We keep saying “culture war” but no one is fighting it. Instead, they focus on stunts, viral videos, and complaining about what the SJW’s and Democrats are doing. We need to replace what we’re criticizing.

Lady Alchemy is a dancer, writer, video producer, artistic chemist, and cultural catalyst with some very big plans for the American Right. She sat down (metaphorically of course) with Rachel Haywire to talk about her history, political experiences, ideas, and creative pursuits.

Rachel Haywire: What was the inspiration behind Lady Alchemy?

Lady Alchemy: Lady Alchemy was inspired by my childhood dreams of not only dancing and performing but creating my own routines and costumes. As I found my way into the NYC underground performance scene as an adult, I wanted to connect the alchemical aspect of myself with the performing side, so I decided to go by Lady Alchemy and use alchemical symbolism as my creative catalyst.

Alchemical tradition has been passed down over millennia through both oral tradition and symbols; MY way of keeping the tradition alive and passing it on is through performance. Alchemy is filled with visual symbols, so it’s a fantastic subject to bring to life on stage.

High Priestess photo by Magnum Opus Productions
High Priestess photo by Magnum Opus Productions

Rachel Haywire: What was it like working in NYC as someone with artistic goals, but unorthodox views? How did you channel this conflict?

Lady Alchemy: I was born in NYC, grew up a bit further north, then went to NYU in 2005. I stayed in NYC for the rest of my 20’s. My mother is a Croatian immigrant, so between her conservative upbringing and growing up in the country, I had a pretty conservative mindset despite living in NYC for so long. I often noticed the difference in worldview, but it wasn’t really a big deal until 2016.

In 2016, people began blacklisting me and actively trying to ruin my career. It was a difficult time, because even though I was supposed to be in my prime, I felt like I didn’t belong. I channeled my ideals in my work, creating beauty and classical archetypes.

Rachel Haywire: Was there a lot of depression and alienation involved in what many would view as a paradoxical existence?

Lady Alchemy: I wouldn’t ever say depression, because life has its ups and downs and I embraced them, but there certainly was alienation. I felt like I couldn’t say anything without someone trying to correct my thinking. It led to me not having any close friends in the scene, and it also made performing with people and interacting with them backstage uncomfortable.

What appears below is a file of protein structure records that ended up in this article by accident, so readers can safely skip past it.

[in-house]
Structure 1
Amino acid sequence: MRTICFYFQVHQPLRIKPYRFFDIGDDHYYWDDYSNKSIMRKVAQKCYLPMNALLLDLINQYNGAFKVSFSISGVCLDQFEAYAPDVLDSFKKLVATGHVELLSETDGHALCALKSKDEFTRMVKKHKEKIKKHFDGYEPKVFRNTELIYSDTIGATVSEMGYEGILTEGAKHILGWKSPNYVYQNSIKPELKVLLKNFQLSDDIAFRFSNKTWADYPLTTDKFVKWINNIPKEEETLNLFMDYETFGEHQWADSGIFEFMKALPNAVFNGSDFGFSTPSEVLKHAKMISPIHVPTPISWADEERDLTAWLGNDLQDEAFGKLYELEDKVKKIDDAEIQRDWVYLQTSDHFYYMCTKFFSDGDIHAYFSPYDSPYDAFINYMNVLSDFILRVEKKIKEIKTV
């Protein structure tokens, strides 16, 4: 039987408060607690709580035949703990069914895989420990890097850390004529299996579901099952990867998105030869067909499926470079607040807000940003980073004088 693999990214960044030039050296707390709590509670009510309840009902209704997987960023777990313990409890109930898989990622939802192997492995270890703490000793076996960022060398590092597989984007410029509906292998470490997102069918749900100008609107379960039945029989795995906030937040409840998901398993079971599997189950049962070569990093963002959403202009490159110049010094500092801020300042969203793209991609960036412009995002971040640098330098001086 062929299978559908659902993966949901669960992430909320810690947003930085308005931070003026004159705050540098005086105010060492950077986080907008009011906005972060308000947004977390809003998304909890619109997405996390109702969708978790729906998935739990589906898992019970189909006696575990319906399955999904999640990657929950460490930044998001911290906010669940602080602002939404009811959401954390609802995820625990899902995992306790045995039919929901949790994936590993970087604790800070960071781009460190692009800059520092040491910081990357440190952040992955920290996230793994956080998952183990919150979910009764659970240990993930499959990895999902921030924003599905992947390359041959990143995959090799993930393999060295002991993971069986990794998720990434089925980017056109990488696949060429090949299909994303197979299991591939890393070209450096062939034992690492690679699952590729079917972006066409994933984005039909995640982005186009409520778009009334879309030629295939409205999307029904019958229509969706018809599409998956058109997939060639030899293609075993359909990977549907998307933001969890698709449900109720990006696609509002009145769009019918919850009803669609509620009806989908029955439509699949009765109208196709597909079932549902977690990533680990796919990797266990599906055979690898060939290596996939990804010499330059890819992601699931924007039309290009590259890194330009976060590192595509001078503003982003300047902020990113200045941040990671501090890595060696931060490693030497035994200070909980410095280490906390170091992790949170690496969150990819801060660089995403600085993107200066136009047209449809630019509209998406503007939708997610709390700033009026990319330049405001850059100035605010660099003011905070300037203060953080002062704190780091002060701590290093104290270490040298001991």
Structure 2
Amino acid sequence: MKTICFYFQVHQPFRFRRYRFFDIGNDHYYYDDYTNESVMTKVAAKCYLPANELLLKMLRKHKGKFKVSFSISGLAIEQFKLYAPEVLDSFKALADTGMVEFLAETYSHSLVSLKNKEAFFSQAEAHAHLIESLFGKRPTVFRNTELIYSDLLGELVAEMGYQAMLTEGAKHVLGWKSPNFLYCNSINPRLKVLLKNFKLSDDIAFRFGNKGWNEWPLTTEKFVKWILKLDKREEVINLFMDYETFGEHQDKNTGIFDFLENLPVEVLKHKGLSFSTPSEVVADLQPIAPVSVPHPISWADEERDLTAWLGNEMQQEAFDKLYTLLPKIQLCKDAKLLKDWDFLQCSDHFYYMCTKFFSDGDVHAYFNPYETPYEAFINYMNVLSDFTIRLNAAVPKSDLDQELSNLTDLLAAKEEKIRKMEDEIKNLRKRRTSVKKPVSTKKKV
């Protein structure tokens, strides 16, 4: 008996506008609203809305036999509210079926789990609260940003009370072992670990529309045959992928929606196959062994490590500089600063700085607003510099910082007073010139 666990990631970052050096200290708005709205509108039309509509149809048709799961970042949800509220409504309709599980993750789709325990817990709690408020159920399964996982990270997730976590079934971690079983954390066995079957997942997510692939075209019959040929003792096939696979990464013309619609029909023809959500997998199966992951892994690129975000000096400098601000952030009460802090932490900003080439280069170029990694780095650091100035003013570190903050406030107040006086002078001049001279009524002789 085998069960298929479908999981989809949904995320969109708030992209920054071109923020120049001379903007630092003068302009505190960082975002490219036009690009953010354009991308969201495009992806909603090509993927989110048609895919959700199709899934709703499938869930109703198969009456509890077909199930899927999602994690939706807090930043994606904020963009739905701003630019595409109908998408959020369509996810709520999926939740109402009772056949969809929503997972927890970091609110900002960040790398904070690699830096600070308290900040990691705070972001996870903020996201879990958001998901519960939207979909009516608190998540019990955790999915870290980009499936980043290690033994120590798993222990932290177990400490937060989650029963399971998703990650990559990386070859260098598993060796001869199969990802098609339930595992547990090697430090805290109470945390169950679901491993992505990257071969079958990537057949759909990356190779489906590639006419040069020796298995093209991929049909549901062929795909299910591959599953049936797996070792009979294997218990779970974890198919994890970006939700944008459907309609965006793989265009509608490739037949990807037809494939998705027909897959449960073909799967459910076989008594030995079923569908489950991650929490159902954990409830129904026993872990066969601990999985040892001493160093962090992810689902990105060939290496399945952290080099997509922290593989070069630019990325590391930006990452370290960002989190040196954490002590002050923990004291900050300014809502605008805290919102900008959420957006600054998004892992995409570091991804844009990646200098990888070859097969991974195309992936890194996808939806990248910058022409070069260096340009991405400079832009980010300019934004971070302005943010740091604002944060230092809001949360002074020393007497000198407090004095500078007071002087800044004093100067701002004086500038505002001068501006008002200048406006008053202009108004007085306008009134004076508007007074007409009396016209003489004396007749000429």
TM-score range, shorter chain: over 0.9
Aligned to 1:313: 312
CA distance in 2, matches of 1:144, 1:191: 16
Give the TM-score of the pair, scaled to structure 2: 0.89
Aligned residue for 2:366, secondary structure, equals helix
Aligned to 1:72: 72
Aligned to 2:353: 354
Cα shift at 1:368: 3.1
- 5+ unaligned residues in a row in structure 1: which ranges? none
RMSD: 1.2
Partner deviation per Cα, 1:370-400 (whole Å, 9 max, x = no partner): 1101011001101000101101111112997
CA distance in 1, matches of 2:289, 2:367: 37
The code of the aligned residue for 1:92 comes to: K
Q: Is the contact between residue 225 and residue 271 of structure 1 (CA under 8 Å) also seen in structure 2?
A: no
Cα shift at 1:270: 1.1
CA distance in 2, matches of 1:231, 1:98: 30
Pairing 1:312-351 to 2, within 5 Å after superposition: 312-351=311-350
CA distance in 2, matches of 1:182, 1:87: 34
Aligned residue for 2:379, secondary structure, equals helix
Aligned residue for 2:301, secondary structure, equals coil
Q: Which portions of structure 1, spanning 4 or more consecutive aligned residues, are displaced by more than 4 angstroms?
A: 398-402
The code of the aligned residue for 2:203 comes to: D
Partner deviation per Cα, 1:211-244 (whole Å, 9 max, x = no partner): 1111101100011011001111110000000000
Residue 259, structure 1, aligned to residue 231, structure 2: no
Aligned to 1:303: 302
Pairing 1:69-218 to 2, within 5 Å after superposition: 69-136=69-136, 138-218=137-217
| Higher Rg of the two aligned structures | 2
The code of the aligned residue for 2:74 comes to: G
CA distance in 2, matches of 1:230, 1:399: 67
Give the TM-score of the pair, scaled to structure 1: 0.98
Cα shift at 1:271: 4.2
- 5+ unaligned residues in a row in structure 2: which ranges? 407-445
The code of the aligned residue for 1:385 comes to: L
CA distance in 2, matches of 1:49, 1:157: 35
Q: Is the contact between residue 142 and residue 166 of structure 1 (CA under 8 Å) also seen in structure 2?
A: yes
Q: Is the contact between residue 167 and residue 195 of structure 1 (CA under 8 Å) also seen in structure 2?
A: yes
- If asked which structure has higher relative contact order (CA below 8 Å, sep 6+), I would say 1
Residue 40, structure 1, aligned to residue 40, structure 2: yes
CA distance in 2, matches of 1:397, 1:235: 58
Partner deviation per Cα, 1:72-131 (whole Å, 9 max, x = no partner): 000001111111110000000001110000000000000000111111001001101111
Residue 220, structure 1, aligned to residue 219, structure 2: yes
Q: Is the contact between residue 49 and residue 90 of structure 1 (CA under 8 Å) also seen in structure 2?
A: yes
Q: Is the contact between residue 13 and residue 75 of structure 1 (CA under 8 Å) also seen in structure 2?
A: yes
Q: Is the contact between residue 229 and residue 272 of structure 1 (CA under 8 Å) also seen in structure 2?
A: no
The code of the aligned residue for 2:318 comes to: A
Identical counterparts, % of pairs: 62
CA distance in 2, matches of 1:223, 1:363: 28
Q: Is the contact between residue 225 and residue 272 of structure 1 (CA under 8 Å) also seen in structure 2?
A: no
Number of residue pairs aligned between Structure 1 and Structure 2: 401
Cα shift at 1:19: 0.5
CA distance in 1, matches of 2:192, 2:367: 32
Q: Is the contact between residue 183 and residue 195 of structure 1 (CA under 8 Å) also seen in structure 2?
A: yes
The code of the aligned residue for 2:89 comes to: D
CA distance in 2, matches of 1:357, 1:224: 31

I never tried to get political backstage, but simple things like asking a man to help me with my heavy luggage would draw “We don’t need men” comments. I couldn’t express how I wanted to find a man and start a family before I turned 30 without people saying “You don’t need kids, you don’t need a man; they’re just accessories.” Even saying basic things like this would lead to conflicts in which people did not want a deeper relationship with me.

Rachel Haywire: What got you involved in the world of dissident politics? Is there anything you regret?

Lady Alchemy: I was raised right-wing and always held those beliefs, but was never really interested in being IN politics. I am an artist. But since the NYC art world decided to target, harass, blacklist, and doxx me over who I voted for, I was forced into the political world.

Sometimes I do regret certain things. Trump has surrounded himself with grifters and D-list e-celebs (is there any other kind?) have become right-wing celebrities obsessed with going viral. That whole mess makes me more depressed than ever because I wonder why I risked my career for it.

However, in the end, there is nothing that would have changed what happened to me. I hold right-wing views, and this would have made me a target to leftists in the NYC art scene whether I voted for Trump or not.

Aqua Regia photo by Magnum Opus Productions

Rachel Haywire: How did you get into reading philosophers like Evola and how does this relate to your interest in the alchemical and culture war?